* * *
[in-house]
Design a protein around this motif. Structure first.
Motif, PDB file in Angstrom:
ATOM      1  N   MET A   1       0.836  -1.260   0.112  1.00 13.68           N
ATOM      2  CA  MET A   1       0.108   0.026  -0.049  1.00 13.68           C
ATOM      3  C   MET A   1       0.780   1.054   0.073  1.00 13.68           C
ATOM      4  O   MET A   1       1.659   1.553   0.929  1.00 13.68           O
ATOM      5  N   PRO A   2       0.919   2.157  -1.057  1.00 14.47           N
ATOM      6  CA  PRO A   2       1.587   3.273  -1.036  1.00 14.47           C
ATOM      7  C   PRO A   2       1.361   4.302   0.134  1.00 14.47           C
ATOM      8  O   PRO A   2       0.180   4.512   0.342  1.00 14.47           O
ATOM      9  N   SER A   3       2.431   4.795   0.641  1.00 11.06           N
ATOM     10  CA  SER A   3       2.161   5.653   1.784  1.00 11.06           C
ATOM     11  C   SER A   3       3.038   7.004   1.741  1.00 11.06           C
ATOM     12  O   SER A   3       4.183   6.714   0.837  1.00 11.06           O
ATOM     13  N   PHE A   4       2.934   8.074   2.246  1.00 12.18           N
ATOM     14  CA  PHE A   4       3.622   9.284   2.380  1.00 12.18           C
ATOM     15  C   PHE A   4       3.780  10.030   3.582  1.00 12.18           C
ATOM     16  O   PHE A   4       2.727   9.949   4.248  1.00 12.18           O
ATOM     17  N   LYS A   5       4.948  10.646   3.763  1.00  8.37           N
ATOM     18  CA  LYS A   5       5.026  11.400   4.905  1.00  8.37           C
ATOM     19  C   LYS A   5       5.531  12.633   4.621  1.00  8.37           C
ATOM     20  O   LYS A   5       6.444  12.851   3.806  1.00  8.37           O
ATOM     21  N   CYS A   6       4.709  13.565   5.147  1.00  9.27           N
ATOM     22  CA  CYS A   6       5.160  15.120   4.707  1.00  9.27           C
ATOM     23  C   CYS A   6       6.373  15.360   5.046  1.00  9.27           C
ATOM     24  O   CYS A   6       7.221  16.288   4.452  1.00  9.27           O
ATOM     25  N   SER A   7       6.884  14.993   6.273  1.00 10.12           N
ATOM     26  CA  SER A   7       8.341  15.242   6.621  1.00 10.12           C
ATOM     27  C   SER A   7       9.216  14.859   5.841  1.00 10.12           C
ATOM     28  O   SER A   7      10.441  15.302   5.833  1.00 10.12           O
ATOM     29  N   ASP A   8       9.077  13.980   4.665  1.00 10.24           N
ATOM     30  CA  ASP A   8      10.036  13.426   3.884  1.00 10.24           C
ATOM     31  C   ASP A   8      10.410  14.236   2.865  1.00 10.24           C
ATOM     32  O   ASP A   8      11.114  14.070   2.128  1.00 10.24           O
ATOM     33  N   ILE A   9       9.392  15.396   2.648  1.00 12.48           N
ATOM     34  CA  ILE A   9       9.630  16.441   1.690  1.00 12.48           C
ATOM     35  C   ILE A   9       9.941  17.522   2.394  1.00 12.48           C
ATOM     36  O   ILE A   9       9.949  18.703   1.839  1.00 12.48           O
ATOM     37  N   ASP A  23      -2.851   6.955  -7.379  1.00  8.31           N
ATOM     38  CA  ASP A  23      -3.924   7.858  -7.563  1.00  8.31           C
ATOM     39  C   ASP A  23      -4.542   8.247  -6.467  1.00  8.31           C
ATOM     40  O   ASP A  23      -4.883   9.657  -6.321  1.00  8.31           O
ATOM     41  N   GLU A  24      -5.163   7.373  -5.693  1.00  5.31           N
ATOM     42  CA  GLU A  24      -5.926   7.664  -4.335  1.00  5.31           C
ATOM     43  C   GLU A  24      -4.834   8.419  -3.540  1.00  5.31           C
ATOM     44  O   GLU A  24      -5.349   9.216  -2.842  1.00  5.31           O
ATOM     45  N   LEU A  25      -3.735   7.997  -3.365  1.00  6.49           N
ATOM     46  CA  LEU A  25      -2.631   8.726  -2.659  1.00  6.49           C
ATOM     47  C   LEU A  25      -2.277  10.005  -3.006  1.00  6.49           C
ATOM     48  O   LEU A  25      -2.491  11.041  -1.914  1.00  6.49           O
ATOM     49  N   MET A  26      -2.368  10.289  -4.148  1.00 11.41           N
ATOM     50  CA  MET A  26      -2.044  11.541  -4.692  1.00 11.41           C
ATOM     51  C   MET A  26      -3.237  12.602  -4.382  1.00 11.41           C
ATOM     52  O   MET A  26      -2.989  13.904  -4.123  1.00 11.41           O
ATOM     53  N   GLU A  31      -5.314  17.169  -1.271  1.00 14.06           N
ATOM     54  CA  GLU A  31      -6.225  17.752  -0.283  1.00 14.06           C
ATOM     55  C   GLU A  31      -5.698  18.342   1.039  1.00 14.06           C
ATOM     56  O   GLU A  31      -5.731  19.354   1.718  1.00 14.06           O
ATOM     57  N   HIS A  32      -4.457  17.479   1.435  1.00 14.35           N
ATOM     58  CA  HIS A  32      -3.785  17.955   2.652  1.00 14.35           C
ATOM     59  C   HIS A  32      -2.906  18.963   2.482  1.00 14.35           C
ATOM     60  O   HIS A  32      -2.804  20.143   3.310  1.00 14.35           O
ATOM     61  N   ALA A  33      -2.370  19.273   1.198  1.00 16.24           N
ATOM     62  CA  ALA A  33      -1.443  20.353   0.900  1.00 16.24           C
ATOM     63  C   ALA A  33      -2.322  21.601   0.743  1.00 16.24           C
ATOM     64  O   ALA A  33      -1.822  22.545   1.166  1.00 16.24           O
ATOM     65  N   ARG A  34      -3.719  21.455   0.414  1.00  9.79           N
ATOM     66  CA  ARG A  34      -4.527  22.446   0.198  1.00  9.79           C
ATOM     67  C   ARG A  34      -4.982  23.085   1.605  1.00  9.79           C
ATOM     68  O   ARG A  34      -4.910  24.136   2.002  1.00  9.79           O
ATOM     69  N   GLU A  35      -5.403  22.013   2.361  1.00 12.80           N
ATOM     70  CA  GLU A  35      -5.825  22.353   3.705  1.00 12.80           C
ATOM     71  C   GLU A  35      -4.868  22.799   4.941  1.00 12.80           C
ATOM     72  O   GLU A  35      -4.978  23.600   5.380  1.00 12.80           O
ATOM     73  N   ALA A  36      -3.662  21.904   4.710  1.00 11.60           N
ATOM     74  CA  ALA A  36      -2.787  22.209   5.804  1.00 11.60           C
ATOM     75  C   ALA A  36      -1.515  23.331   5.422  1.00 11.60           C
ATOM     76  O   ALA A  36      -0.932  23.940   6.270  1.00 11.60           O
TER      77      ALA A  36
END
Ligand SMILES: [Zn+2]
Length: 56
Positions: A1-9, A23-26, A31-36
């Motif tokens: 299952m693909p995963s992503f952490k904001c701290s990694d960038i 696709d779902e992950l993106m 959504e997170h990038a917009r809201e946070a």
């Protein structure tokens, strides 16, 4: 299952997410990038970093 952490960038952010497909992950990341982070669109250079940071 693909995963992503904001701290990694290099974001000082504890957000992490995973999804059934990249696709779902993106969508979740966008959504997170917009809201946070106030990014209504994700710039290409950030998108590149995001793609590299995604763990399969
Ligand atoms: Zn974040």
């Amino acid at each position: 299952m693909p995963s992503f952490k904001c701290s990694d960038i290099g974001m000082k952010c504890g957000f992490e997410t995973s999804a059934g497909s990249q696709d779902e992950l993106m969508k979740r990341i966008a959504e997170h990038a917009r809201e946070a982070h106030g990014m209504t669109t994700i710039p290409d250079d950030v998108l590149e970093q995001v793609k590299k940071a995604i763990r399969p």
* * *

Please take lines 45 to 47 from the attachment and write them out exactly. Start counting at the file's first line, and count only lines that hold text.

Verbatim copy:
ATOM     42  CA  GLU A  24      -5.926   7.664  -4.335  1.00  5.31           C
ATOM     43  C   GLU A  24      -4.834   8.419  -3.540  1.00  5.31           C
ATOM     44  O   GLU A  24      -5.349   9.216  -2.842  1.00  5.31           O